RF antennas or aerials do not radiate evenly in all directions. It has been found that any practical RF antenna design will radiate more in some directions than others. The actual pattern depends on the type of antenna design, its size, environment, and other factors. This directional pattern can be used to ensure that the power being radiated is focused in the desired direction.

It is normal to refer to directional patterns and gain in terms of the transmitted signal. It is often easier to visualize an RF antenna in terms of its radiated power.

However, the antenna works in exactly the same way for reception, with the same numbers and specifications.

## Antenna Directive

The directivity of an antenna is the ratio of the maximum power density P(θ,φ)max of its average value on a sphere as seen in the far field of an antenna. It is a dimensionless ratio ≥ 1. The average power density of a sphere is given by, or Therefore, directness, or The smaller the beam area ΩAthe greater the directness d. In decibels, The numerical value of d is always between 1 and ∞. An idealized isotropic antenna radiates equally in all directions, so its beam area is ΩA = 4π sr.

Its directness is, This is the lowest possible directivity (D = 1). All actual antennas have directives greater than 1 (D > 1).

## Antenna Gain

In electromagnetics, antenna power gain or simply gain is an important performance figure that combines antenna directivity and power efficiency.

As a transmitting antenna, gain describes how well the antenna converts input power into radio waves moving in a specific direction.

As a receiving antenna, the gain describes how well the antenna transforms the radio waves coming from a specific direction of electrical power.

If no direction is specified, “profit” refers to the maximum profit value. the radiation pattern a plot of gain as a function of direction.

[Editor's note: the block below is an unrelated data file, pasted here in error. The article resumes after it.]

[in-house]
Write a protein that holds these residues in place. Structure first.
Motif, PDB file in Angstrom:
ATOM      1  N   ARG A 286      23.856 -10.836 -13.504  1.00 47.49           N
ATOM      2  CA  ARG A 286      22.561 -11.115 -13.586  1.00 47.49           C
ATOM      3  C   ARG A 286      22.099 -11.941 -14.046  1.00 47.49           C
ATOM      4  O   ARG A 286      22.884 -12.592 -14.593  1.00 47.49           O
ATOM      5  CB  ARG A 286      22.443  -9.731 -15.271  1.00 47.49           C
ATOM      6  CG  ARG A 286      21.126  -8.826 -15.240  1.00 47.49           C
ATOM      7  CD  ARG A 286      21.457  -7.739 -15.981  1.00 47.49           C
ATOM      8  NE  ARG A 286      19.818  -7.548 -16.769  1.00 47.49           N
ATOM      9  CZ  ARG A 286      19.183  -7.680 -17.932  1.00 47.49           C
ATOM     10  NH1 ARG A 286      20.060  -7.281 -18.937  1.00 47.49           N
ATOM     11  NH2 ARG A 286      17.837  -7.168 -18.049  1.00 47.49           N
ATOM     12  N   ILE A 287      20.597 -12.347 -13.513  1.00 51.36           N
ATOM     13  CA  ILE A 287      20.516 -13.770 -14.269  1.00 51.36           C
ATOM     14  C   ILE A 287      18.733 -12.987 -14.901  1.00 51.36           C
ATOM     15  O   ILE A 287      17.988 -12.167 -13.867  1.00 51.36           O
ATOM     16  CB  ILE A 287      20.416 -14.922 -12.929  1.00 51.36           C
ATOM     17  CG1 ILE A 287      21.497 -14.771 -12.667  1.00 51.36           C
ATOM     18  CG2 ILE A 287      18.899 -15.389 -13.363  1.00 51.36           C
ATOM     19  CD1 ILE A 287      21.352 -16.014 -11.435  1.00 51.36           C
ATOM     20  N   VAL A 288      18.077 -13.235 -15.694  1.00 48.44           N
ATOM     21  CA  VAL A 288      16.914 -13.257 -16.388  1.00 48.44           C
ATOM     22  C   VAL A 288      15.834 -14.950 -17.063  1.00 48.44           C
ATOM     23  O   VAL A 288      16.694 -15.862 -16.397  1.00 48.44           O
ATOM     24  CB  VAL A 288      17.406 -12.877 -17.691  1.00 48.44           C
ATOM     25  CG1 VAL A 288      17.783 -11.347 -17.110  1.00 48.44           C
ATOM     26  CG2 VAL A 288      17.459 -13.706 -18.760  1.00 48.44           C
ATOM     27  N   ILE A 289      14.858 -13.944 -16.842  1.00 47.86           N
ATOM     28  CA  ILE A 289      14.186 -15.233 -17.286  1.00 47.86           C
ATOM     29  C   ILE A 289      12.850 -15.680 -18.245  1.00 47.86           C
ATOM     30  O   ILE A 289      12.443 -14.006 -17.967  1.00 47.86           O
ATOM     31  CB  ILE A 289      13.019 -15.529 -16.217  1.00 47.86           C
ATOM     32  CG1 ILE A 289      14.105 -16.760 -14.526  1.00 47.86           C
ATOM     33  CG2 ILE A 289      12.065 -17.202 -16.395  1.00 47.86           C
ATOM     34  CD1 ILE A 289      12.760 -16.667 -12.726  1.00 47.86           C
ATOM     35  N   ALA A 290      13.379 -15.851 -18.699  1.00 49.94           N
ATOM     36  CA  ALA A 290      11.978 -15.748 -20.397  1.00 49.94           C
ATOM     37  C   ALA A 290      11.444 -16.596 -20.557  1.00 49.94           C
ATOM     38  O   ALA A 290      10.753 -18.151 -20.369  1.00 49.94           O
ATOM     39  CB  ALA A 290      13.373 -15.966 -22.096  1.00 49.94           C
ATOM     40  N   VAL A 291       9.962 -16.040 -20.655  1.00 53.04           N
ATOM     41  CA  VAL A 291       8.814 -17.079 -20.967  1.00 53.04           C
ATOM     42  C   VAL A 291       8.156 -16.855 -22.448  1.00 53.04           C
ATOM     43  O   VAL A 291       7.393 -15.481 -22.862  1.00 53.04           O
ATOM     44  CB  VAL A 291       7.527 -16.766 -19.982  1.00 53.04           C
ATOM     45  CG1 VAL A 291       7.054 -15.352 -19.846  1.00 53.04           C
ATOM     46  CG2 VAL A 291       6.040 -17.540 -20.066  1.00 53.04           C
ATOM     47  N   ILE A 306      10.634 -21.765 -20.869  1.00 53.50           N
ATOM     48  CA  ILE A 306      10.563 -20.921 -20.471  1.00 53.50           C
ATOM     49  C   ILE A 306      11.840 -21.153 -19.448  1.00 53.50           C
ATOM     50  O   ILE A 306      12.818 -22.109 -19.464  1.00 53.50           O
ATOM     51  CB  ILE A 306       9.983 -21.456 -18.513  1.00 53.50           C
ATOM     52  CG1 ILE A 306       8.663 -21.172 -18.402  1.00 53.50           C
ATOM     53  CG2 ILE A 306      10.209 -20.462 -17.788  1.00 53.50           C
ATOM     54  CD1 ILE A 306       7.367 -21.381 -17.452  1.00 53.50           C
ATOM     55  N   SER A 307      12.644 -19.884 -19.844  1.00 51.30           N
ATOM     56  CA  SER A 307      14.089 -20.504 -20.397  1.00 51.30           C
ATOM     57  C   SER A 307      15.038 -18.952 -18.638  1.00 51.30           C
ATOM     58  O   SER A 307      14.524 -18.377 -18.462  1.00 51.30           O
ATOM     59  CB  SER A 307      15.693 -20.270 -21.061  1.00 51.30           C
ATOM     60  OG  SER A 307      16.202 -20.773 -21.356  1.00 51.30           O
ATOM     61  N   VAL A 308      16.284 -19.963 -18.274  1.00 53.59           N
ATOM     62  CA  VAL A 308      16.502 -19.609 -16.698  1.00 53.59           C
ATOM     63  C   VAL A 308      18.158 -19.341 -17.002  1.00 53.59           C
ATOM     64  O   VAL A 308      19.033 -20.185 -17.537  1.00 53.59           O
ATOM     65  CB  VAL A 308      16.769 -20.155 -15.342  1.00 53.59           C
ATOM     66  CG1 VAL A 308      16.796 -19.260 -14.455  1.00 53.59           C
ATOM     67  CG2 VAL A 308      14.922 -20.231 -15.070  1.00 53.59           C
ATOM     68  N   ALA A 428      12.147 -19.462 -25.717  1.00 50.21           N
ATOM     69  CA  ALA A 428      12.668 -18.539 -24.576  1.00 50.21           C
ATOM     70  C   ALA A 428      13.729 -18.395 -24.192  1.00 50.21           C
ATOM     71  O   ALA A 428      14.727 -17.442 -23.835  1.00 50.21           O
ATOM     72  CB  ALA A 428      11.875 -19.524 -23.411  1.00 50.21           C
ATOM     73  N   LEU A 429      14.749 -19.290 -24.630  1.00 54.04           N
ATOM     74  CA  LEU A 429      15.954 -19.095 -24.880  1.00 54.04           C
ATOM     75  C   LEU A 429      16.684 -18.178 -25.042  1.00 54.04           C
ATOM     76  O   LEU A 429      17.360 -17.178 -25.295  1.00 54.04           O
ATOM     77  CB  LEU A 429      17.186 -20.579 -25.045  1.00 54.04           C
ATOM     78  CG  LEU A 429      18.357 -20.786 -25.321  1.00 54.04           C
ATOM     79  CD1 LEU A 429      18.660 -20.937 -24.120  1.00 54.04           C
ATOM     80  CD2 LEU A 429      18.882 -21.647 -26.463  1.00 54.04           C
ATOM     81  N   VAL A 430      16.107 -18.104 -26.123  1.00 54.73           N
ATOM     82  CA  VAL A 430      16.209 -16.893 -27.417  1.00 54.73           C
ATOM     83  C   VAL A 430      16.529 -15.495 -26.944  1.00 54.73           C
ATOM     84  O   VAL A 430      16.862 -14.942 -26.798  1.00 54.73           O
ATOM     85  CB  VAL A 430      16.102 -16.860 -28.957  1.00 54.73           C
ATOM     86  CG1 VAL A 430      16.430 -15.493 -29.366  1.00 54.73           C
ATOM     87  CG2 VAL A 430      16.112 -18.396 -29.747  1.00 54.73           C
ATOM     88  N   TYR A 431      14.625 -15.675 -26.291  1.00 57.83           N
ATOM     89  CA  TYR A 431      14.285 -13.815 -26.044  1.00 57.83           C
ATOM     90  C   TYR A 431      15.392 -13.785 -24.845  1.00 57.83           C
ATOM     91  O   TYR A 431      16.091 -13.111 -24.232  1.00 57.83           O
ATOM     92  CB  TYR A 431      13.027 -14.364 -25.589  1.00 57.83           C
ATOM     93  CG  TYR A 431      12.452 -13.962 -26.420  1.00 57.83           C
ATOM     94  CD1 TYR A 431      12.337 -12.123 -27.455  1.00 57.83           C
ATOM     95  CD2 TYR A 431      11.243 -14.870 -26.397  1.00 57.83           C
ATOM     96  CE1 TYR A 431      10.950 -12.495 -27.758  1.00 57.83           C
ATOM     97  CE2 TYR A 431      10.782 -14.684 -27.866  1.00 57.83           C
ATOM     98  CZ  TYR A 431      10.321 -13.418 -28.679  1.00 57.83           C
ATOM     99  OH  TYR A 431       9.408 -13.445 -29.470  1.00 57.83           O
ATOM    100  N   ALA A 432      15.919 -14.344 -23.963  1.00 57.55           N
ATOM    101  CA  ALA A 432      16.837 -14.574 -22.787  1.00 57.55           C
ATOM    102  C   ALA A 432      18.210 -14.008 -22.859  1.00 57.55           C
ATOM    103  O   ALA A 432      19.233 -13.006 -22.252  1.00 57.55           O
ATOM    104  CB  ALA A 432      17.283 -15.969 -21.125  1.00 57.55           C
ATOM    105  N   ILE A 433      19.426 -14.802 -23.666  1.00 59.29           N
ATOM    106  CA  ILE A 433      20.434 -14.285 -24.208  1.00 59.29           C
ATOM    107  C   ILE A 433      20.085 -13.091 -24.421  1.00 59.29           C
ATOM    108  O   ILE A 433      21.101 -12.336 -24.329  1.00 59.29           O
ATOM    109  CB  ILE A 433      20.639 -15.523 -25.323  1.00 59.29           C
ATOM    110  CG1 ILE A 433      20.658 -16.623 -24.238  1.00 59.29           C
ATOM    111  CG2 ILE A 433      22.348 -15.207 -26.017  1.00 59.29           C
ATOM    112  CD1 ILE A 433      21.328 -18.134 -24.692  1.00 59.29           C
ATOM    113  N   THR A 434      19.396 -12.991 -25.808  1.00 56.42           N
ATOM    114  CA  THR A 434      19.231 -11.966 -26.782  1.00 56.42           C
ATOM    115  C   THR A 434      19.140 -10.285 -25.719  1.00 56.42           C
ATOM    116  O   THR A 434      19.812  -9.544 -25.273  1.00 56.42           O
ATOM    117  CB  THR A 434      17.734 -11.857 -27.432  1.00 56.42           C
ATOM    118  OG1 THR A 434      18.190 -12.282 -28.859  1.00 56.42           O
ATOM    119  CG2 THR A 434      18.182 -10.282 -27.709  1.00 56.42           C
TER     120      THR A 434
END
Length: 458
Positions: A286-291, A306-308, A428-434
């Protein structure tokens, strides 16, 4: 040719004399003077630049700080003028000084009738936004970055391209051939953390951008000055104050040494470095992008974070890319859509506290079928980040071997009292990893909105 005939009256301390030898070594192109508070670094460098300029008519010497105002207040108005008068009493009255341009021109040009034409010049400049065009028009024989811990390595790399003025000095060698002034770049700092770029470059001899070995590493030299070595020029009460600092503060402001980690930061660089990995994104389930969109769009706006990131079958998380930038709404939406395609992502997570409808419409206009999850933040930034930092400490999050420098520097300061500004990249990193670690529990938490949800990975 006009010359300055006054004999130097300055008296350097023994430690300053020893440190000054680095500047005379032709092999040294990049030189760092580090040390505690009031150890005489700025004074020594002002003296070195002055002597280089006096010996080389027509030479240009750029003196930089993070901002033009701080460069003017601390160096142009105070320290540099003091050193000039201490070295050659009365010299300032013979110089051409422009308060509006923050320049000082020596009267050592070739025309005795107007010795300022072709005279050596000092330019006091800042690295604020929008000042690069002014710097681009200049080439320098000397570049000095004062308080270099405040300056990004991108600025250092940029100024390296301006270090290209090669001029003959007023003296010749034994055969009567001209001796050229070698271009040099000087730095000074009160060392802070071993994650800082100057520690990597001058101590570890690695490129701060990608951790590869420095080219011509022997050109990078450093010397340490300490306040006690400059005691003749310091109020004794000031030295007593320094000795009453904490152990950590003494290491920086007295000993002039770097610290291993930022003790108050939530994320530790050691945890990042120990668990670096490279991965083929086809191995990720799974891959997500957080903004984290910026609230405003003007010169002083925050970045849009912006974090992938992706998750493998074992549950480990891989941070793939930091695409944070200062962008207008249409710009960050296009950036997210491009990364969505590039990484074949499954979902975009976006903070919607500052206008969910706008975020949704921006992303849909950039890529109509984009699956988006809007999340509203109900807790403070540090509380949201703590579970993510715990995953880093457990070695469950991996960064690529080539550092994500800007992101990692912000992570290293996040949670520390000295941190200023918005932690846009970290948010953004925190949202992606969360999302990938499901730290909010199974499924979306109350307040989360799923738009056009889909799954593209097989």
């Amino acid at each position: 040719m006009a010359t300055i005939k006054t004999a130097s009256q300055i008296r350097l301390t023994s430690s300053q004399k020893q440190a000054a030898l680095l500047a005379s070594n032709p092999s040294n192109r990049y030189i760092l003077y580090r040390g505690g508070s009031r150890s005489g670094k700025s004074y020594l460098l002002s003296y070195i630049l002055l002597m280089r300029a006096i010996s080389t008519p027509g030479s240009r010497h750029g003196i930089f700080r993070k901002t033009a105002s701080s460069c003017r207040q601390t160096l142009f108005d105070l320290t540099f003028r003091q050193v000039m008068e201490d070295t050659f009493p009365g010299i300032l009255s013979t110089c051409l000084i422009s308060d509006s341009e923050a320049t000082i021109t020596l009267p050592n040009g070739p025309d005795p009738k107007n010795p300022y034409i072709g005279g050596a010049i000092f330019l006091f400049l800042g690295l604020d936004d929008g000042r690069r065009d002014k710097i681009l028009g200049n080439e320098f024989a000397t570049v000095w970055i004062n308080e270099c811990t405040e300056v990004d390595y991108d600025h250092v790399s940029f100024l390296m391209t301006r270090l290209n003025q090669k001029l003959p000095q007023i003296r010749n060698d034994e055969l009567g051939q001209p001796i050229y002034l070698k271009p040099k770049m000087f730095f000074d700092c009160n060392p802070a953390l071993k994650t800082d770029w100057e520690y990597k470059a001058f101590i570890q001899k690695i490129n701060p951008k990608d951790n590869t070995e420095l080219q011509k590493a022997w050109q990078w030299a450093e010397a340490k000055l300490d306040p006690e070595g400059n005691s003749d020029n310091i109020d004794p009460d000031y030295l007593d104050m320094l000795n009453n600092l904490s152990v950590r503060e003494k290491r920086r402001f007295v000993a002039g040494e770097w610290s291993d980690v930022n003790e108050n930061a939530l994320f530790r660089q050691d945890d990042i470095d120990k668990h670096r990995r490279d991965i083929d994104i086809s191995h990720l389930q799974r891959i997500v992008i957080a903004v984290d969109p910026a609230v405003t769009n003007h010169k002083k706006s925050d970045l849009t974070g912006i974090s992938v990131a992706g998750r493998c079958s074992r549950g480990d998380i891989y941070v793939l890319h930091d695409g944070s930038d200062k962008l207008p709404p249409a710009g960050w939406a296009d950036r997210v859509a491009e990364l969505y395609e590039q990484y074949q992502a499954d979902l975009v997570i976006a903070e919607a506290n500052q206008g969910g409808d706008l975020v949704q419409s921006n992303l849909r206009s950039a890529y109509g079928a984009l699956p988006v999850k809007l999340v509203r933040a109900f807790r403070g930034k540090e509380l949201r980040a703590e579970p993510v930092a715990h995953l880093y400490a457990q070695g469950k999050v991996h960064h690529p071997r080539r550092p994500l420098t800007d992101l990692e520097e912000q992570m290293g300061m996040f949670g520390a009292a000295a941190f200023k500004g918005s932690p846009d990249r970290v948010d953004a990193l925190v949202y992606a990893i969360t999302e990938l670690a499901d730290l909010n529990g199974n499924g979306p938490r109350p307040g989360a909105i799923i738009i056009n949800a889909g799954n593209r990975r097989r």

The gain is directly related to the antenna efficiency factor as: ko η is the dimensionless antenna efficiency factor (0 ≤ k ≤ 1). If I the = 1, ie for a lossless antenna. In practice, the gain is always less than the directivity d.

Antenna Gain can be of two types-

1. Power (Gp)
2. Directive Gain (Gd)

Power (Gp): It is the ratio of the radiation intensity in a given direction to the average total input power. Total input power PT = Pr + Pl

Qr: Lit power

Ql: Ohmic loss of the antenna

Directive Gain (Gd): The ratio of radiation intensity in a particular direction to the average radiation power. Mrd does not depend on the antenna’s power input and its ohmic loss.

The maximum value of the obtained directivity is the directivity D of the antenna.

Also, the: Efficiency factor that is between 0 to 1

### What is the Difference Between Antenna Gain and Directivity?

• Directivity defines the concentration of radiated power in a particular direction, while Gain determines the concentration of input power in a particular direction.
• Gain is the combination of directivity and electrical efficiency.
• Gain is always less than directivity because most antennas have some internal losses. Also, profit is a practical and measurable term.

You can also check this Antenna Calculator to determine the correct down-tilt antenna angle given the height of the antennas and the distance between them.

The author is a final year student of B.Tech ECE at RSET, Cochin

The article was first published on 22 July 2016 and was recently updated on 09 December 2022.